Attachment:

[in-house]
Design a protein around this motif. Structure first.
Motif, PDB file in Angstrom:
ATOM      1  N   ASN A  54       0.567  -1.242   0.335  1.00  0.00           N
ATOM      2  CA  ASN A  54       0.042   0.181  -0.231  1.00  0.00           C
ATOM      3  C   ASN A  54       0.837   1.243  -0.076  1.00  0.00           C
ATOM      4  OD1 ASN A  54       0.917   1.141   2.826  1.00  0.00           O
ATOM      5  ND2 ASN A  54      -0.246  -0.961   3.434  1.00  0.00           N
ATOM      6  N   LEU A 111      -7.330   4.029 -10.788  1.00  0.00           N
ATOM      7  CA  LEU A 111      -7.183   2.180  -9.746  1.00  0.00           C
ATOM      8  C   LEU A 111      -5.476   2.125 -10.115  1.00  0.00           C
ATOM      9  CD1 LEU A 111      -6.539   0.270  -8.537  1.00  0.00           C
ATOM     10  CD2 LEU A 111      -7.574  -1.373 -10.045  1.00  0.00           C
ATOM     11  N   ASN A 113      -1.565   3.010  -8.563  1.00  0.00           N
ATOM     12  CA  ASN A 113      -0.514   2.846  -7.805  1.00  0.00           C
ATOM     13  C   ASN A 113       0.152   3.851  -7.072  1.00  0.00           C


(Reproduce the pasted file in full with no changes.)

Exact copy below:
[in-house]
Design a protein around this motif. Structure first.
Motif, PDB file in Angstrom:
ATOM      1  N   ASN A  54       0.567  -1.242   0.335  1.00  0.00           N
ATOM      2  CA  ASN A  54       0.042   0.181  -0.231  1.00  0.00           C
ATOM      3  C   ASN A  54       0.837   1.243  -0.076  1.00  0.00           C
ATOM      4  OD1 ASN A  54       0.917   1.141   2.826  1.00  0.00           O
ATOM      5  ND2 ASN A  54      -0.246  -0.961   3.434  1.00  0.00           N
ATOM      6  N   LEU A 111      -7.330   4.029 -10.788  1.00  0.00           N
ATOM      7  CA  LEU A 111      -7.183   2.180  -9.746  1.00  0.00           C
ATOM      8  C   LEU A 111      -5.476   2.125 -10.115  1.00  0.00           C
ATOM      9  CD1 LEU A 111      -6.539   0.270  -8.537  1.00  0.00           C
ATOM     10  CD2 LEU A 111      -7.574  -1.373 -10.045  1.00  0.00           C
ATOM     11  N   ASN A 113      -1.565   3.010  -8.563  1.00  0.00           N
ATOM     12  CA  ASN A 113      -0.514   2.846  -7.805  1.00  0.00           C
ATOM     13  C   ASN A 113       0.152   3.851  -7.072  1.00  0.00           C